Building a relay facility on green space converts that land from a natural to an industrial state.
After land lines disappear, the security and reliability of internet hubs will have increased importance.
Once a radial network has been built out, relocating its hub can be difficult.
For these reasons, it would be in the best interest of communities it wishes to serve if Google Fiber were to begin to respect standard land-use practices (such as public hearings), and to refrain from pressuring governments to adopt its Silicon Valley modalities.
Raleigh Park Hub; Carrboro Model shows how lousy a site choice can be
Although Google Fiber has been launched in only a handful of metro areas, a hub has already been completed in a park in Raleigh, North Carolina. The Town of Carrboro is the leftist “hippie” portion of the college town Chapel Hill, North Carolina. Carrboro went for Bernie “people over profits” Sanders as strongly as any other southeastern town, and its planning department is known statewide for its deliberate review of commercial projects. After Google Fiber seduced the town’s planning staff and pressured them to provide an expedited siting process, the resulting hasty siting process produced a foolish choice.
After partnering with Google, the staff crafted a new portion of the zoning law so that no public hearing would be needed for the issuance of the hub’s zoning permit: Such facilities would not need a public hearing if they were were under 15′ in height; the Google hub building is 13′ high, and such buildings would not need a hearing if they were were under 500 square feet; the Google hub building is 420 square feet. After there was no public participation in the siting process, the Town of Carrboro leased part of its cemetery land to Google for 0.1% of Google’s anticipated eventual subscription fees. The Bechtel Corporation razed the trees on the site and began construction before most of the residents on adjoining lots knew what was happening. (The most-informed neighbors did not know until six days before the Monday razing that this land would be used for a Google hub, and even these few people did not know that a permit had actually been issued until the prior Friday evening.) It soon became known that a superior site would have been available all along, located in the center of the already-industrialized public water utility plant next to the cemetery. But Google was not aware of this site since that utility is not directly owned by Carrboro, being a run as a partnership with the Town of Chapel Hill.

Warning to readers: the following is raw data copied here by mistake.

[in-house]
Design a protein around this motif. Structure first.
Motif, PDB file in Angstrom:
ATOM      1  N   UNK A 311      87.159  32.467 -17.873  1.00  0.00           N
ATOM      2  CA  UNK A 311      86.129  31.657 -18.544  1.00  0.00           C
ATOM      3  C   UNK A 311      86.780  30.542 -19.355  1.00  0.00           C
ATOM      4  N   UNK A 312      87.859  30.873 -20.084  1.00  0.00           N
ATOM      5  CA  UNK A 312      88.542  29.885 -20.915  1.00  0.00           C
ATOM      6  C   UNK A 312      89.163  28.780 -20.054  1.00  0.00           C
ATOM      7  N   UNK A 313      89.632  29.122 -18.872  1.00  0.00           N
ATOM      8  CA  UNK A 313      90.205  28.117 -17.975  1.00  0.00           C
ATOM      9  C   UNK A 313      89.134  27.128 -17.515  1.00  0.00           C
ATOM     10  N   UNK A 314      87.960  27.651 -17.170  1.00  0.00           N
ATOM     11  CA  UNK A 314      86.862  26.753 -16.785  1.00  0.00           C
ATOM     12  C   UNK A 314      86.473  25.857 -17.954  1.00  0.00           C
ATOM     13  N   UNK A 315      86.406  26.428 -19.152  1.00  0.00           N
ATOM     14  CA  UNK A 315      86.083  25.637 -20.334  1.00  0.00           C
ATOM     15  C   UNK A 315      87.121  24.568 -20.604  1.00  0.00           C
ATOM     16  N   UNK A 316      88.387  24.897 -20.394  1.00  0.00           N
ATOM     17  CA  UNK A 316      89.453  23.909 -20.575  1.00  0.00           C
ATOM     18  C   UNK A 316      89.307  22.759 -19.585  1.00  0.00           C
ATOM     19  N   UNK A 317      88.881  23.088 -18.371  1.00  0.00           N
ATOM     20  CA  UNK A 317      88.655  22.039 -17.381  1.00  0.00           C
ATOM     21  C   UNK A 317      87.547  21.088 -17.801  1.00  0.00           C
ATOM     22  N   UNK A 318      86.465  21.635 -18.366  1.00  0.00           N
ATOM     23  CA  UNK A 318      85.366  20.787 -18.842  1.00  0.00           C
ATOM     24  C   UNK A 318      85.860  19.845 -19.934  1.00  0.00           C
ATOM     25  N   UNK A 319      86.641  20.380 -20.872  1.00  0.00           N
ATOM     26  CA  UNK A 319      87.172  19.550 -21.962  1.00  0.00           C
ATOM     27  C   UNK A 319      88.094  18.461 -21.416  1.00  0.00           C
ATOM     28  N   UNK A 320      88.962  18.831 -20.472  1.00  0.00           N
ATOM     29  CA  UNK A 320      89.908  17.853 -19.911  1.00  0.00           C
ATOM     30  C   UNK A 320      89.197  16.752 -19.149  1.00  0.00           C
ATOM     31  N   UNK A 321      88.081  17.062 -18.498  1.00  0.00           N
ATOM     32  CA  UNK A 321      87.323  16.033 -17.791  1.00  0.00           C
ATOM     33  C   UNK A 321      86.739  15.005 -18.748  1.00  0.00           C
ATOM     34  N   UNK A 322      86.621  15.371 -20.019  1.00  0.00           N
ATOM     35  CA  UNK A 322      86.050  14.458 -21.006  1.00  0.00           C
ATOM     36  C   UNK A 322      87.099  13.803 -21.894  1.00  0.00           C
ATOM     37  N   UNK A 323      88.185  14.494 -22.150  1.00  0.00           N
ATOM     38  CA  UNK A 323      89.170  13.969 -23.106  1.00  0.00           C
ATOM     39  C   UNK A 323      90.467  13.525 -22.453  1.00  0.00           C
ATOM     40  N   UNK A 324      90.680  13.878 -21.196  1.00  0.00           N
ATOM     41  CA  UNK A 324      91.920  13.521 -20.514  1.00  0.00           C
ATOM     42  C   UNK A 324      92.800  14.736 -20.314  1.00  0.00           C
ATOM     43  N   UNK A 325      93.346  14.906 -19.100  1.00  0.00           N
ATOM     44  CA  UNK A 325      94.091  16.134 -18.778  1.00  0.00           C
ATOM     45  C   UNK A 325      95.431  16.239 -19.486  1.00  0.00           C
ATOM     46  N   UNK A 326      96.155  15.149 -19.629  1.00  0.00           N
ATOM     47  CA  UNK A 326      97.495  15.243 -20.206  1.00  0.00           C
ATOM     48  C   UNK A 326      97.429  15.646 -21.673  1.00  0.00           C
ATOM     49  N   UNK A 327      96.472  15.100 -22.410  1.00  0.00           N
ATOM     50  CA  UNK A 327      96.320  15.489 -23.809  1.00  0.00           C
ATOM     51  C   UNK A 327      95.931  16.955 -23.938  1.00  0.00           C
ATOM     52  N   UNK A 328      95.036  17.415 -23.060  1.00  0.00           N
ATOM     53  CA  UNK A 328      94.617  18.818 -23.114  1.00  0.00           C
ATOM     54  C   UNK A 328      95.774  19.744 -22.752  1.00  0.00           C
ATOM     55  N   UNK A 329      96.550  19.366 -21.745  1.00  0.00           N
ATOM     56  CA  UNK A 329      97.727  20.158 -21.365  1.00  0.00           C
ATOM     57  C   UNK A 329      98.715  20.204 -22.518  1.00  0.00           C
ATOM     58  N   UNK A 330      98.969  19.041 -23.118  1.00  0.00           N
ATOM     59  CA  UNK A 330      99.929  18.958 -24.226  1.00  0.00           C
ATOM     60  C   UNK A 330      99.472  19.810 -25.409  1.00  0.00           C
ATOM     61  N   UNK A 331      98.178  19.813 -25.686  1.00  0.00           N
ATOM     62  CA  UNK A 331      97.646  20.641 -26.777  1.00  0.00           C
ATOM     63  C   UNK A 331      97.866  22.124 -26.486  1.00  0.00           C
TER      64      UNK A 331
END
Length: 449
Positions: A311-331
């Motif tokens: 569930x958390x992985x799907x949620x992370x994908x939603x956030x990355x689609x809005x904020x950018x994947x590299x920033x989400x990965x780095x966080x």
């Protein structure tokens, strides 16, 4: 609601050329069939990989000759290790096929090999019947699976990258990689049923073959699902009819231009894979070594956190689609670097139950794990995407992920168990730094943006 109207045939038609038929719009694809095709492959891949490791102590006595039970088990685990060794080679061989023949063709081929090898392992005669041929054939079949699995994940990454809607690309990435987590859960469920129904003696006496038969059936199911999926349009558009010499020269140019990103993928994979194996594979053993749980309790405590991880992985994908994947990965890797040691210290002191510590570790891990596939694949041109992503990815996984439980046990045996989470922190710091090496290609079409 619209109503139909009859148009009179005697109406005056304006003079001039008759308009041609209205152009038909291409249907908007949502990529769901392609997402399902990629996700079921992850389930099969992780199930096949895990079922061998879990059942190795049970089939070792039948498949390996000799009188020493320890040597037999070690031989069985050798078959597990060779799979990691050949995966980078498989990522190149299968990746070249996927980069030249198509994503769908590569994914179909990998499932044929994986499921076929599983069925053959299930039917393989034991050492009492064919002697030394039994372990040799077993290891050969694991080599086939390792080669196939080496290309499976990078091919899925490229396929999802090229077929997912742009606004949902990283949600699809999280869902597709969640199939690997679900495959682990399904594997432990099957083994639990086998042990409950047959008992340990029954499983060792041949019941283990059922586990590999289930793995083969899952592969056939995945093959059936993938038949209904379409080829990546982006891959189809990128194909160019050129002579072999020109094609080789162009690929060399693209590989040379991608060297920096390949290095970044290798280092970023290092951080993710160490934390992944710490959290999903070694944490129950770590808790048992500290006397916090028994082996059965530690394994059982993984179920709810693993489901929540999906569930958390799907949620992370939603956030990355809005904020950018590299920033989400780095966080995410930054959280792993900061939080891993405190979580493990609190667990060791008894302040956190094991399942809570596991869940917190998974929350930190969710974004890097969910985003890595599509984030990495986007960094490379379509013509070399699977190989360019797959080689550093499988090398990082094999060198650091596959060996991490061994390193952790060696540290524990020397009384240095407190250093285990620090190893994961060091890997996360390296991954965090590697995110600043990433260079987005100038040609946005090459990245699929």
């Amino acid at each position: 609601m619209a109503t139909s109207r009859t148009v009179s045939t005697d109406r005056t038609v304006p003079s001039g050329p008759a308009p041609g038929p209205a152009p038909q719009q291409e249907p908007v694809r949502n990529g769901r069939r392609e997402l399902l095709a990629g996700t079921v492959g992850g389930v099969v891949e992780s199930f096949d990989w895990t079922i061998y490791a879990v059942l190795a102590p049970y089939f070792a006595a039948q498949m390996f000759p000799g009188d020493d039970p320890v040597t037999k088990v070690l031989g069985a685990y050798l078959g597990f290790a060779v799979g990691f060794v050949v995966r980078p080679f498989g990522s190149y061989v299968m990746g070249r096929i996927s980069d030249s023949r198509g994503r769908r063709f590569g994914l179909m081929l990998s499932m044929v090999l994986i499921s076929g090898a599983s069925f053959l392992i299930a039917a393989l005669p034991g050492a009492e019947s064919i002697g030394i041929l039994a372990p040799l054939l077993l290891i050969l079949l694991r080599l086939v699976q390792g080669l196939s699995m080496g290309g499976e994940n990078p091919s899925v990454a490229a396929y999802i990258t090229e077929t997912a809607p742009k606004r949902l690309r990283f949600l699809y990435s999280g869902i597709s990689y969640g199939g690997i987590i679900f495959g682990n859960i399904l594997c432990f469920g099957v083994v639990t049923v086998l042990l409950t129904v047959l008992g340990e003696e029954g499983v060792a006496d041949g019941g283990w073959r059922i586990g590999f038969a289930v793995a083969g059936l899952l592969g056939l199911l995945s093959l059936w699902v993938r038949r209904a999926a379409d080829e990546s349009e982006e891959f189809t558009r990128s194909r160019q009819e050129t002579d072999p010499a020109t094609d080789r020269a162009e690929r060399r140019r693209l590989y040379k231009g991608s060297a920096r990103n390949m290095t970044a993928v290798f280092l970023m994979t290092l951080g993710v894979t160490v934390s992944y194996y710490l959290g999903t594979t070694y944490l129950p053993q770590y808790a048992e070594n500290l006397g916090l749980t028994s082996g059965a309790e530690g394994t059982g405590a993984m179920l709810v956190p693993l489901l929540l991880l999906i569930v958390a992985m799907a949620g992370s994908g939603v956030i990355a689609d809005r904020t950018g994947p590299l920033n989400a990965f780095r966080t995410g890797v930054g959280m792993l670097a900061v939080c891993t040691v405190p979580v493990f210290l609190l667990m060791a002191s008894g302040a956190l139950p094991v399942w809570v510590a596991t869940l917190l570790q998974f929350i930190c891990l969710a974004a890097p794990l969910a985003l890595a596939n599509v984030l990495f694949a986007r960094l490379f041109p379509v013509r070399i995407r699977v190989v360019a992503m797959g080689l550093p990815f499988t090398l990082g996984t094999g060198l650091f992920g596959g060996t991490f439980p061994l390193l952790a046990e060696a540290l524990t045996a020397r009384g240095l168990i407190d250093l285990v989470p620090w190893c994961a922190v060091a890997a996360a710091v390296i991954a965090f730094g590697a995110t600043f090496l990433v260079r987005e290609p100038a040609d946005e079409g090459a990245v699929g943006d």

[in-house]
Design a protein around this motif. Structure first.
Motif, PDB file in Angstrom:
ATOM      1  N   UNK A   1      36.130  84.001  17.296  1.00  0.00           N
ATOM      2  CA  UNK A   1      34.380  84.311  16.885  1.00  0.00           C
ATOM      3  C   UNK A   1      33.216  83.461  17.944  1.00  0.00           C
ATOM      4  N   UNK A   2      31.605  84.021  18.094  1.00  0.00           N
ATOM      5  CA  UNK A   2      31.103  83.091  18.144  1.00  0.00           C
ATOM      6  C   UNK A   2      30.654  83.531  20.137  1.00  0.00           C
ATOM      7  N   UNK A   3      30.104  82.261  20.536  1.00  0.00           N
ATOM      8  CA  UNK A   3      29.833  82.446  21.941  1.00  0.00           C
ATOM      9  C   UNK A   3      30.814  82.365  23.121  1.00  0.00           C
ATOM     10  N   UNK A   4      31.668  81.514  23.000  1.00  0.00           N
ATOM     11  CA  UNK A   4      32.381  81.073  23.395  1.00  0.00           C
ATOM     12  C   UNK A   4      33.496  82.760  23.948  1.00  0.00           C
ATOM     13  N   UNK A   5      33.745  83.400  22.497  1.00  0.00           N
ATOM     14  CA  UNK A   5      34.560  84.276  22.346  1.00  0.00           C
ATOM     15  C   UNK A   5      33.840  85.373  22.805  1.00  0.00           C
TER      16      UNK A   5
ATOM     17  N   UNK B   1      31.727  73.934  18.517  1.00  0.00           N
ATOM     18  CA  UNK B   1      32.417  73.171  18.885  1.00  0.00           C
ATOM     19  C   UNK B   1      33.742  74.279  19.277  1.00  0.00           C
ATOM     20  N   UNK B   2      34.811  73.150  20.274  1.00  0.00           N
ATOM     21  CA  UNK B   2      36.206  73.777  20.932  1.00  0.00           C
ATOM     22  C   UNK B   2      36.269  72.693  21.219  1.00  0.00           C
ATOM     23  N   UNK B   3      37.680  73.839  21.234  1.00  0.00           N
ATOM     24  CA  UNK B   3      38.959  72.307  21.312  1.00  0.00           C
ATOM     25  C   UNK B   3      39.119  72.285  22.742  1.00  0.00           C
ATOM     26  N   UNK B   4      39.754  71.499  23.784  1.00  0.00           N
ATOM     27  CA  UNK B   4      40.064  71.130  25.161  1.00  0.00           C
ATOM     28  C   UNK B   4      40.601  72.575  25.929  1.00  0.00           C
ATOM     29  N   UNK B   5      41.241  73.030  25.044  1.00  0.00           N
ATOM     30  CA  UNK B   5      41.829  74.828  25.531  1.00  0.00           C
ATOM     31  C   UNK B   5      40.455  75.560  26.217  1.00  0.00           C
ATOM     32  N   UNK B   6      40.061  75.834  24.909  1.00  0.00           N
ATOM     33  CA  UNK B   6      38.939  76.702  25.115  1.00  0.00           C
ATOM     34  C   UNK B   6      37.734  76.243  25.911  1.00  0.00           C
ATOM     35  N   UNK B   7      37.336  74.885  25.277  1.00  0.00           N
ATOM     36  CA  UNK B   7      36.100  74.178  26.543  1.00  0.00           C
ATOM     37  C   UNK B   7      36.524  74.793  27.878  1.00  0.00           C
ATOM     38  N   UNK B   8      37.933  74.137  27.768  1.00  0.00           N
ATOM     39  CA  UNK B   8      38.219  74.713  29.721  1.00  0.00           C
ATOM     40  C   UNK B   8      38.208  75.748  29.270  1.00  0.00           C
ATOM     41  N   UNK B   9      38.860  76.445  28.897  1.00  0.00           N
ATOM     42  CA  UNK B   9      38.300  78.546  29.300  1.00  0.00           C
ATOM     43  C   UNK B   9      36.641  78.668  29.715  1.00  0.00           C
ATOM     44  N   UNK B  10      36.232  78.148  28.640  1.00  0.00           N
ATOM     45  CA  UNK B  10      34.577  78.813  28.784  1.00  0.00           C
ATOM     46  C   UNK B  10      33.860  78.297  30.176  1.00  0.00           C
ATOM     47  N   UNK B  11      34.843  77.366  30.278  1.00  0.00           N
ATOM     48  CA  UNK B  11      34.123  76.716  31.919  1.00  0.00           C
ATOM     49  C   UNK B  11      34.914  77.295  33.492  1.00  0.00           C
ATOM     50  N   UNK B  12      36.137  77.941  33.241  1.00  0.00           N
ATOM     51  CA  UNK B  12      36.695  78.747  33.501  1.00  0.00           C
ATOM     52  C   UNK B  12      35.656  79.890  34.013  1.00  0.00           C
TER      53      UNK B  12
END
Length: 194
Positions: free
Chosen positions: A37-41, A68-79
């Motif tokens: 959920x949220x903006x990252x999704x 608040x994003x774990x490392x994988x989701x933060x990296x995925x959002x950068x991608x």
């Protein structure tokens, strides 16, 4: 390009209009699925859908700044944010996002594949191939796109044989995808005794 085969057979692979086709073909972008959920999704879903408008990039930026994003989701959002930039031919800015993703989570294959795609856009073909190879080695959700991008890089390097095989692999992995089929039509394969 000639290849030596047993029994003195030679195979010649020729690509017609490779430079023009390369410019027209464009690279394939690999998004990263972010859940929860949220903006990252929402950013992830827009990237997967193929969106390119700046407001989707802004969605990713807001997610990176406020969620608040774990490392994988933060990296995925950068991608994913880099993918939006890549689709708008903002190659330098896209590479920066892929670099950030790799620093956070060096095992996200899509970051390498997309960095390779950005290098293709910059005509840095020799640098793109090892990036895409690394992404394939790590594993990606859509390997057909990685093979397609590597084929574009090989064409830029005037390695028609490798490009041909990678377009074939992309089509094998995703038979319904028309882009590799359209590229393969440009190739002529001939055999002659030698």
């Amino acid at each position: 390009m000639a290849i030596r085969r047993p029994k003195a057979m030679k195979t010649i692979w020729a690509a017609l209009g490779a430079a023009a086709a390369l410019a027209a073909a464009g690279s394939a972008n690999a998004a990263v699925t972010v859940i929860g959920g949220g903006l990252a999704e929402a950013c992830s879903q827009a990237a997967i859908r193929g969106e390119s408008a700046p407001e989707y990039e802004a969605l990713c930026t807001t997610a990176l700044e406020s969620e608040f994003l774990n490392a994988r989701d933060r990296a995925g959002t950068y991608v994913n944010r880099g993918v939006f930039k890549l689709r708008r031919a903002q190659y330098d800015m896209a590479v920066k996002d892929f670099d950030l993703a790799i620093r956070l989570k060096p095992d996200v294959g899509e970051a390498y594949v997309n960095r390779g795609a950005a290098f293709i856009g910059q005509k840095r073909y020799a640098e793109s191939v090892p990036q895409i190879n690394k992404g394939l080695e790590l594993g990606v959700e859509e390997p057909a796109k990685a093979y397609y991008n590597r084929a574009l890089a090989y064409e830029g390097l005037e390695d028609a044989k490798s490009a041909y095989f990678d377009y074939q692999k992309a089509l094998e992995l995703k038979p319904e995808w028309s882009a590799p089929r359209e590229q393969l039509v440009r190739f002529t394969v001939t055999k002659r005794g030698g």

The unused wooded portion of the cemetery land on which the hub is being built is adjacent to a large beautiful meadow, which is too rocky for graves. Not only will the noise from the 24/7 operation of cooling machinery and from the weekly tests of the back-up generator despoil the tranquility of this meadow, it should also be audible to many graveside mourners and possibly the annual Methodist Easter Sunrise services. This meadow is in center of the most densely populated part of Carrboro. It is the only public green space distinctly south of Main Street; all of the significant parks in Carrboro are located north of Main Street.
Land use decisions are difficult to make because there are a multitude of advantages and disadvantages for the competing options. But in this Carrboro model case, there are no known drawbacks for the community if this Google hub were to be moved to the OWASA water plant campus from the cemetery land. Moreover, there would be many advantages to Google as well as to the community if the hub were located on OWASA.
Land use decisions are made deliberately, as noted above. Although most of the content in this report has been available to the local Google project personnel for a month, they have refused our requests to pause their construction while a belated public review can take place. Since our concerns were raised, they have accelerated their construction by now working on Saturdays. This acceleration highlights the sole reason for the siting of this hub on this jewel of a green space: Nothing is more important to Google than the speed with which this hub can be activated. Their pressure for speed was the cause that no public input was solicited, and the limiting of the number of minds at work here to three town staff members meant that the OWASA idea never came forth. Google’s insistence on a hasty and careless expedited siting process has been the root of all of the evil in this model case.
Bay Area real estate prices manifest the concentration of capital in Silicon Valley. This capital will push a stream of commercial initiatives into localities: Tesla recharging stations, self-driving cars, etc. An important question for the quality of life in communities will be: Where will the promulgators of these initiatives fall on a Myer-Briggs scale of humility-to-arrogance?
Reliability and Security should be given weight during siting decisions
Google’s Wealth, Cute Image, Glamor, Seductive Powers, Bribes
Zoning Law Context and Details for Carrboro, NC
Cemetery Green Space Details for Carrboro, NC